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Remember that it is important to fill out the FAFSA as soon as possible in order to be qualified for your next semester of school. The form requires a lot of information, some of which will need to be taken from tax papers and financial forms, so it’s a good idea to gather that information before you begin. The FAFSA has to be completed each year you are in school, but it will be easier after the first year.

Student Aid Report

After you fill out the FAFSA, the schools to which you apply will receive a Student Aid Report containing your expected family contribution, or EFC. This is the amount of money you or your family should be able to pay for your education. If your application is incomplete, your SAR will not include an EFC, but it will tell you what you need to do in order to resolve any issues.

When you receive your SAR, review it carefully to make sure that it is correct and complete. The school(s) you listed on your FAFSA will use your information to determine your eligibility for federal—and possibly nonfederal—financial aid. Schools may ask you to verify the accuracy of the date you provide on the FAFSA, so you need to be certain that the information is correct.

Financial Aid Applications

The schools will then send you letters that include information regarding financial aid options and grant programs. You will need to secure those applications and begin the process as soon as possible.

Accepting a Loan

After your school notifies you of the loan amounts that it is offering, generally in an “award letter” that lists all of your proposed financial aid awards (your award package), you should evaluate the aid offer carefully. Keep in mind that whatever you borrow must be paid back with interest. If your living expenses are not as high as the standard allowance projected by your school, you may not have to borrow as much as the amount in the award letter.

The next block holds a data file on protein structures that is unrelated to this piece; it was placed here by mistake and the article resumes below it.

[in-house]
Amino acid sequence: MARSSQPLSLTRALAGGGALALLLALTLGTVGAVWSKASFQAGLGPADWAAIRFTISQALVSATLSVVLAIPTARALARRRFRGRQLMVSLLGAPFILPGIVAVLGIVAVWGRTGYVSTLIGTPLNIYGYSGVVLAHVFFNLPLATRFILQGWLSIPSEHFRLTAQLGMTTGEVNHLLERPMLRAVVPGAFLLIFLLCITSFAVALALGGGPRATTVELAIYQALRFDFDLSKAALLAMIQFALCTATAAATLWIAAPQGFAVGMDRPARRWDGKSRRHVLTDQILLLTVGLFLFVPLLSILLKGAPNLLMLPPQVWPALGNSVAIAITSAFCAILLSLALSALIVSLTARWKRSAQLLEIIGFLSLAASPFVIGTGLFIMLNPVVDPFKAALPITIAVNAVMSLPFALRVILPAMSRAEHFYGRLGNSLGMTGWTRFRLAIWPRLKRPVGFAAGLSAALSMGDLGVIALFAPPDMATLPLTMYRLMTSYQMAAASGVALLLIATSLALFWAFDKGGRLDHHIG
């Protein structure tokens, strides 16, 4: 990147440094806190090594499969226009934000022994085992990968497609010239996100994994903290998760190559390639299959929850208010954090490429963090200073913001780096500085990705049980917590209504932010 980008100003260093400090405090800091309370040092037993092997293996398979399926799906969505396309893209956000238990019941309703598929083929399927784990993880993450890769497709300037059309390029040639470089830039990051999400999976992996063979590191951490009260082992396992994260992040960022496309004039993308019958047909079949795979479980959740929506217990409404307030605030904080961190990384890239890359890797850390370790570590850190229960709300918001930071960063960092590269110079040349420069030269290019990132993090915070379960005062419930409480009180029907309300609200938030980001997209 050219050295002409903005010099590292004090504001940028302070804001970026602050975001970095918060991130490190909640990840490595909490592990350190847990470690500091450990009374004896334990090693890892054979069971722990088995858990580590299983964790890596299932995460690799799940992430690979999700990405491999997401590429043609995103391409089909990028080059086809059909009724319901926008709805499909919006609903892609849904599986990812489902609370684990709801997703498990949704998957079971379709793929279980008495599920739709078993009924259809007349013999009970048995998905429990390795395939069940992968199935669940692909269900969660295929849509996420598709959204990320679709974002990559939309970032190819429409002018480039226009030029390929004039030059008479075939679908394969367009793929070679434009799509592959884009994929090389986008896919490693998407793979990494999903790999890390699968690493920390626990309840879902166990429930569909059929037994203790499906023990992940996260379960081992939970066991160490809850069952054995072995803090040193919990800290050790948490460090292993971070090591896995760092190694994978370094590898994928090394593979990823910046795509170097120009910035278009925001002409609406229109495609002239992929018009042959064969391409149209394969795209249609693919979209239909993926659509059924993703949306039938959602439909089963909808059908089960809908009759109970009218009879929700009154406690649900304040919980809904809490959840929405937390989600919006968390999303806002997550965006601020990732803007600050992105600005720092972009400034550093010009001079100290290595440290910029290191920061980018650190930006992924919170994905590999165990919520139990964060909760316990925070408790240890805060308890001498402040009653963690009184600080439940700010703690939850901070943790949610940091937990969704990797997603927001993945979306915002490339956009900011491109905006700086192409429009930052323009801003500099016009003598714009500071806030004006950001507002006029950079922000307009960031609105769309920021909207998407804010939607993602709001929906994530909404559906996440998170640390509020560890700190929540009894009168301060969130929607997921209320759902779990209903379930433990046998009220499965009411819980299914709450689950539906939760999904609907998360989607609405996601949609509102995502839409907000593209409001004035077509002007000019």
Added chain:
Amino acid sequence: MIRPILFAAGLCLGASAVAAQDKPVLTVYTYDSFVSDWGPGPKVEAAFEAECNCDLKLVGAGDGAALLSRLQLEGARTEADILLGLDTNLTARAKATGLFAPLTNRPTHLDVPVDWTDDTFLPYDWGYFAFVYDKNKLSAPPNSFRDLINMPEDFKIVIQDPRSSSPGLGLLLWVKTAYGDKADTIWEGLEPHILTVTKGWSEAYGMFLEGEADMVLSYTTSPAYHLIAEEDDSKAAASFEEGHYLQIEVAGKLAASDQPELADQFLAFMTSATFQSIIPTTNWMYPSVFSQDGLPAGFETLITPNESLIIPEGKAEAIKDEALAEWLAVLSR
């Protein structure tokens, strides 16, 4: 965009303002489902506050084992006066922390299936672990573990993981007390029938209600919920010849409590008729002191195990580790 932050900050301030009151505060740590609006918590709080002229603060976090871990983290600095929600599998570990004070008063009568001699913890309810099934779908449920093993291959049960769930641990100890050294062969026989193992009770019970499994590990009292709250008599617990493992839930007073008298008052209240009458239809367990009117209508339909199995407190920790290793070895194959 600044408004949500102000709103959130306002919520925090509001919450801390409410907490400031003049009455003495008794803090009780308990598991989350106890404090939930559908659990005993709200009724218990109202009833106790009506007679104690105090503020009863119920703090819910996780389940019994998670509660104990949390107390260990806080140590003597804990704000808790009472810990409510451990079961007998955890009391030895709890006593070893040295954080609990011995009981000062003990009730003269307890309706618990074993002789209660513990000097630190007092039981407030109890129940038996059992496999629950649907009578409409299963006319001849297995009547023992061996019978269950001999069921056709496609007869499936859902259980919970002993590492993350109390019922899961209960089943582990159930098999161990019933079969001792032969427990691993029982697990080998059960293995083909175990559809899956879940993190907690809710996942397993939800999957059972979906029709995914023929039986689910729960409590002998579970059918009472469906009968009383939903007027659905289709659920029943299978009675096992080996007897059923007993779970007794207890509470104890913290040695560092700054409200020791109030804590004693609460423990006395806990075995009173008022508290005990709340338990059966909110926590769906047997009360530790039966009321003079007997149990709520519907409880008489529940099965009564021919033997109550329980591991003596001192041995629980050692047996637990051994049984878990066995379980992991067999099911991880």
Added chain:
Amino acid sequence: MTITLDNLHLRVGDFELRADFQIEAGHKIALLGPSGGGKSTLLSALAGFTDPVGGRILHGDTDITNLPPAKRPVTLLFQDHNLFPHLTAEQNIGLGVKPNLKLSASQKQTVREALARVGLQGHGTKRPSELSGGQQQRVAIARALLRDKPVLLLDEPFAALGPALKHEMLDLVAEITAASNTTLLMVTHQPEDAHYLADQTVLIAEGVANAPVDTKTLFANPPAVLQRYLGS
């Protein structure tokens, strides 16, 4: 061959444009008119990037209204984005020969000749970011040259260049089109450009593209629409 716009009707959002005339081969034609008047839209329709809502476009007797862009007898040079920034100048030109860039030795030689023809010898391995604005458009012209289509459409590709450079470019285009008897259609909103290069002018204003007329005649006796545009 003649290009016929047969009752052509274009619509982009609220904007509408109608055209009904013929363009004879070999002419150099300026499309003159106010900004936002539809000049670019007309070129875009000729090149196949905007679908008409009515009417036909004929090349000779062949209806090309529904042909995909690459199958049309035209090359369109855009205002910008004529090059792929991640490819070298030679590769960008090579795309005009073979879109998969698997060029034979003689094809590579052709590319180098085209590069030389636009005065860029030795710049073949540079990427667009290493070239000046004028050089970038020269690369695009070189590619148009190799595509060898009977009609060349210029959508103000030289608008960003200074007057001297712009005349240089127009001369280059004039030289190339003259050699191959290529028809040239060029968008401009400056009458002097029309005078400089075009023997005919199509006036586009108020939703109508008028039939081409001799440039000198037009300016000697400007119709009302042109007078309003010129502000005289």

You have the right to decline the loan or request a lower loan amount. Your school will let you know how to do this in the award letter.

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Entrance Counseling

With the exception of parent Direct PLUS loan borrowers, if you haven’t received a loan before, you must receive entrance counseling before your school can make the first disbursement of your loan. Entrance counseling helps you to understand your responsibilities regarding your loan. Your school may require in-person counseling or you may be able to complete the counseling online.

Loan Disbursement

If you do qualify for federal loans, the money will generally be sent to the school, and the school will disburse the money to you. The money will go towards helping you pay for the cost of the semester, as well as books and supplies and, in some cases, living expenses.

What is the maximum you can borrow in federal student loans?

$57,500 for undergraduates-No more than $23,000 of this amount may be in subsidized loans. $138,500 for graduate or professional students-No more than $65,500 of this amount may be in subsidized loans. The graduate aggregate limit includes all federal loans received for undergraduate study.

Are federal loans the same as student loans?

Generally, there are two types of student loans—federal and private. Federal student loans and federal parent loans: These loans are funded by the federal government. Private student loans: These loans are nonfederal loans, made by a lender such as a bank, credit union, state agency, or school.

What is the monthly payment on a federal student loan?

Your monthly payments will be either 10 or 15 percent of discretionary income (depending on when you received your first loans), but never more than you would have paid under the 10-year Standard Repayment Plan. Payments are recalculated each year and are based on your updated income and family size.

What happens if you don’t pay federal student loans?

If you don’t make your student loan payment or you make your payment late, your loan may eventually go into default. If you default on your student loan, that status will be reported to national credit reporting agencies. This reporting may damage your credit rating and future borrowing ability.

Which are better federal or private student loans?

Federal loans generally have more favorable terms, including flexible repayment options. Students with “exceptional financial need” may qualify for subsidized federal loans while unsubsidized loans are available regardless of financial need.